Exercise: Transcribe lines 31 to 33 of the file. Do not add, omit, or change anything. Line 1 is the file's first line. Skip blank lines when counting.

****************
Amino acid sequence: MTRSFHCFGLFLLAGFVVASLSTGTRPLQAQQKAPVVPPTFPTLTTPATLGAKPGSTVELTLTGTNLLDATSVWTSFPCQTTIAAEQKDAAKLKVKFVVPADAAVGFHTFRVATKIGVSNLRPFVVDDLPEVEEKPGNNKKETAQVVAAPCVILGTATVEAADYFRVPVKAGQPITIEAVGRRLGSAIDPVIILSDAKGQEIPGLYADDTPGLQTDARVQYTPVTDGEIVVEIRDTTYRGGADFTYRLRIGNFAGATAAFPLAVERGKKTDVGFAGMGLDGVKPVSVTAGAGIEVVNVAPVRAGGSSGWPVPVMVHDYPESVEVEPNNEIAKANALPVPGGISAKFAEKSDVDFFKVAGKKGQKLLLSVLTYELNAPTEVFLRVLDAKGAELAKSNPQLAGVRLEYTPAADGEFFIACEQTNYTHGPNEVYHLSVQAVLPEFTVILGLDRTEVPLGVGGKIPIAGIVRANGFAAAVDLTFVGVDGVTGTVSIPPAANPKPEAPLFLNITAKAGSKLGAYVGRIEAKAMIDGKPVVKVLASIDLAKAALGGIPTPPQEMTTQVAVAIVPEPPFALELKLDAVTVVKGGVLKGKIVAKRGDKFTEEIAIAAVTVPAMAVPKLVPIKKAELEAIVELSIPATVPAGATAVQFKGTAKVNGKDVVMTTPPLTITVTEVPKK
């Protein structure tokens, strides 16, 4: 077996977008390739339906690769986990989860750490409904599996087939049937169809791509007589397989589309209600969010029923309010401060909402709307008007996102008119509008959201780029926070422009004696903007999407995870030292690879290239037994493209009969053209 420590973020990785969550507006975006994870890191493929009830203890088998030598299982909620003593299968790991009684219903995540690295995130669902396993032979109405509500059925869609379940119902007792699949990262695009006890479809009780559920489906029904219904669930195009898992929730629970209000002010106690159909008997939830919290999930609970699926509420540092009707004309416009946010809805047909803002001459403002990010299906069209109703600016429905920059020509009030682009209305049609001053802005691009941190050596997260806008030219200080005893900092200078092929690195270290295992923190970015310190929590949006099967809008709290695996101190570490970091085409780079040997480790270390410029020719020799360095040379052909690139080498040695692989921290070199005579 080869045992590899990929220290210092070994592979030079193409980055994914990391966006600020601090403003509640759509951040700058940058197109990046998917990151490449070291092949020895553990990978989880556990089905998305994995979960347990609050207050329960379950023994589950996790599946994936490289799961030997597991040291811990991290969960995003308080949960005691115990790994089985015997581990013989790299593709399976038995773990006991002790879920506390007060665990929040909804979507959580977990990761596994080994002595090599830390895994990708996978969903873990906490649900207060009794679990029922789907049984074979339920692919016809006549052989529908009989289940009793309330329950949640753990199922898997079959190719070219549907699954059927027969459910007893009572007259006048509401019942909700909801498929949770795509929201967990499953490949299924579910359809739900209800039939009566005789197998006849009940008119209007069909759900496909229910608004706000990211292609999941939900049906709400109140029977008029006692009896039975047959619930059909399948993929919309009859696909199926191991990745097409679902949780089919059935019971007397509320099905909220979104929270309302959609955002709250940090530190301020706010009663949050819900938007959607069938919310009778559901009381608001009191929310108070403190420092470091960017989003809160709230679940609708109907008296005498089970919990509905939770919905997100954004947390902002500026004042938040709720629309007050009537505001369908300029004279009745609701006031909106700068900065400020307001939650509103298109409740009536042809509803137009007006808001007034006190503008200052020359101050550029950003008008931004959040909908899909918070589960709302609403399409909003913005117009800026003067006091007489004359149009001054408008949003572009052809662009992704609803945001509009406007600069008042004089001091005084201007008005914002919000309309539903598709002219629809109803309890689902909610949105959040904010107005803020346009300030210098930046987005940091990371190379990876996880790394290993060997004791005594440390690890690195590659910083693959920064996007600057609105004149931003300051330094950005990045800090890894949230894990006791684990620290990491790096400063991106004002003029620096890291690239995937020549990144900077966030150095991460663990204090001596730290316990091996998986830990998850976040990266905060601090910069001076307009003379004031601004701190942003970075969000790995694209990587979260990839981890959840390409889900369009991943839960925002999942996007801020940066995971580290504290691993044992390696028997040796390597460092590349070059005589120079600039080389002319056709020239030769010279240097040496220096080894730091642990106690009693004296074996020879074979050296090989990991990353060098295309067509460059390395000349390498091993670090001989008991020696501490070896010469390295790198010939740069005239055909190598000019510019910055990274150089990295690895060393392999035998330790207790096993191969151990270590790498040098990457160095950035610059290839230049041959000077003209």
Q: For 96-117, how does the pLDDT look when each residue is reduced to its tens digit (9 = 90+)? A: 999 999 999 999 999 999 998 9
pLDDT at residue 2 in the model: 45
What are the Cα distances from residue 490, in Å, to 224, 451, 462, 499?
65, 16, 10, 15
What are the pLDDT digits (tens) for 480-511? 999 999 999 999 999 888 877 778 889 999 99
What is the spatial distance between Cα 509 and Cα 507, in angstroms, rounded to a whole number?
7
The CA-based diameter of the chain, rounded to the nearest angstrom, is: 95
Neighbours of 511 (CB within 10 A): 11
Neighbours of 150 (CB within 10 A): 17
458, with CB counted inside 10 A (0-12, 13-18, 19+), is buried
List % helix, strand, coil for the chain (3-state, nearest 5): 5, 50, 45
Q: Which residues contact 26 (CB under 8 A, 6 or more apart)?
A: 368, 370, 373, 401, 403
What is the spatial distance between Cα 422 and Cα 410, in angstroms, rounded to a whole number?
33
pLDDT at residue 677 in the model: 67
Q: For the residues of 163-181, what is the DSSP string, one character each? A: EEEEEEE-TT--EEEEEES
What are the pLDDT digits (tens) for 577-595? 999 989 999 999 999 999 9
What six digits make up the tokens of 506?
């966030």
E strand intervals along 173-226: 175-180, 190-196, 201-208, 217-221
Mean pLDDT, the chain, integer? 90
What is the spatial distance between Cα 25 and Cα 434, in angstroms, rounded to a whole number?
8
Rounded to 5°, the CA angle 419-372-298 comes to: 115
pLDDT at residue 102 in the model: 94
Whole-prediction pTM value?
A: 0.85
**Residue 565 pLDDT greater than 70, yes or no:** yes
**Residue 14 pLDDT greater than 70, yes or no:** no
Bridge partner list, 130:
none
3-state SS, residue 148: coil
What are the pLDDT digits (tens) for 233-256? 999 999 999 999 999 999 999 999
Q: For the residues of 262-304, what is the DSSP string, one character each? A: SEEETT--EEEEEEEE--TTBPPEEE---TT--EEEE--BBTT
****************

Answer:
A: 0.85
**Residue 565 pLDDT greater than 70, yes or no:** yes
**Residue 14 pLDDT greater than 70, yes or no:** no